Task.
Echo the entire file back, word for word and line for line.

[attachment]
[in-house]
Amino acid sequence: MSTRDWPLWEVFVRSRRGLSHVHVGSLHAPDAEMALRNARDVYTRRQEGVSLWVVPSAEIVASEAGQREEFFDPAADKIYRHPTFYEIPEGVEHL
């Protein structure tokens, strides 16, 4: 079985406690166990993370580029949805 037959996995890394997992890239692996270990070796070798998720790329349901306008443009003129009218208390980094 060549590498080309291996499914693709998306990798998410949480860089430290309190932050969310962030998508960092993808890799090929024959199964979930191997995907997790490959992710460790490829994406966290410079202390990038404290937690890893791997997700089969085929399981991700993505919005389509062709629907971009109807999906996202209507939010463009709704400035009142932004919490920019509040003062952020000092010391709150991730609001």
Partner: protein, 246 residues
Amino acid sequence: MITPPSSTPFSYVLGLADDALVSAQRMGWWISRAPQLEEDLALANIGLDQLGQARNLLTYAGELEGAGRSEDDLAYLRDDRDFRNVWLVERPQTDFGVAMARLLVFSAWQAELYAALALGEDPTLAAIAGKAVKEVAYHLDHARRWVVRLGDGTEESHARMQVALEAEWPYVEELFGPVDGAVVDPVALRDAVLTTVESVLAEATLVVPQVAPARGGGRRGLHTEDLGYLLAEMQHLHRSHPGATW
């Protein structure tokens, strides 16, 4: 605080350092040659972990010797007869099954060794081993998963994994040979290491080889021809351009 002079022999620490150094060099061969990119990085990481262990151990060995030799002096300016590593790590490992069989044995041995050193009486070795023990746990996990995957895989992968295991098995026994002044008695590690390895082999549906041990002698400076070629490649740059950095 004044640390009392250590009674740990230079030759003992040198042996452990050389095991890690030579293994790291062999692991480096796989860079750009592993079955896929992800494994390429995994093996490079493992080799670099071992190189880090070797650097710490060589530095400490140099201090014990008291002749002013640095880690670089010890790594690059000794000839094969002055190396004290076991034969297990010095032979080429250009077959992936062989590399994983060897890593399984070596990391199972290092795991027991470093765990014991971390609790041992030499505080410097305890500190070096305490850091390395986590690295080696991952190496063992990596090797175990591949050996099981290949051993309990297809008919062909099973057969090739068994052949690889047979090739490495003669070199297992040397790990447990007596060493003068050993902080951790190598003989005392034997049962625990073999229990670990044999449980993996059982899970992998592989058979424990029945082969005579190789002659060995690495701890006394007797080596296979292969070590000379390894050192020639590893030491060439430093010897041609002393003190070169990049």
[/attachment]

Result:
[in-house]
Amino acid sequence: MSTRDWPLWEVFVRSRRGLSHVHVGSLHAPDAEMALRNARDVYTRRQEGVSLWVVPSAEIVASEAGQREEFFDPAADKIYRHPTFYEIPEGVEHL
């Protein structure tokens, strides 16, 4: 079985406690166990993370580029949805 037959996995890394997992890239692996270990070796070798998720790329349901306008443009003129009218208390980094 060549590498080309291996499914693709998306990798998410949480860089430290309190932050969310962030998508960092993808890799090929024959199964979930191997995907997790490959992710460790490829994406966290410079202390990038404290937690890893791997997700089969085929399981991700993505919005389509062709629907971009109807999906996202209507939010463009709704400035009142932004919490920019509040003062952020000092010391709150991730609001």
Partner: protein, 246 residues
Amino acid sequence: MITPPSSTPFSYVLGLADDALVSAQRMGWWISRAPQLEEDLALANIGLDQLGQARNLLTYAGELEGAGRSEDDLAYLRDDRDFRNVWLVERPQTDFGVAMARLLVFSAWQAELYAALALGEDPTLAAIAGKAVKEVAYHLDHARRWVVRLGDGTEESHARMQVALEAEWPYVEELFGPVDGAVVDPVALRDAVLTTVESVLAEATLVVPQVAPARGGGRRGLHTEDLGYLLAEMQHLHRSHPGATW
């Protein structure tokens, strides 16, 4: 605080350092040659972990010797007869099954060794081993998963994994040979290491080889021809351009 002079022999620490150094060099061969990119990085990481262990151990060995030799002096300016590593790590490992069989044995041995050193009486070795023990746990996990995957895989992968295991098995026994002044008695590690390895082999549906041990002698400076070629490649740059950095 004044640390009392250590009674740990230079030759003992040198042996452990050389095991890690030579293994790291062999692991480096796989860079750009592993079955896929992800494994390429995994093996490079493992080799670099071992190189880090070797650097710490060589530095400490140099201090014990008291002749002013640095880690670089010890790594690059000794000839094969002055190396004290076991034969297990010095032979080429250009077959992936062989590399994983060897890593399984070596990391199972290092795991027991470093765990014991971390609790041992030499505080410097305890500190070096305490850091390395986590690295080696991952190496063992990596090797175990591949050996099981290949051993309990297809008919062909099973057969090739068994052949690889047979090739490495003669070199297992040397790990447990007596060493003068050993902080951790190598003989005392034997049962625990073999229990670990044999449980993996059982899970992998592989058979424990029945082969005579190789002659060995690495701890006394007797080596296979292969070590000379390894050192020639590893030491060439430093010897041609002393003190070169990049």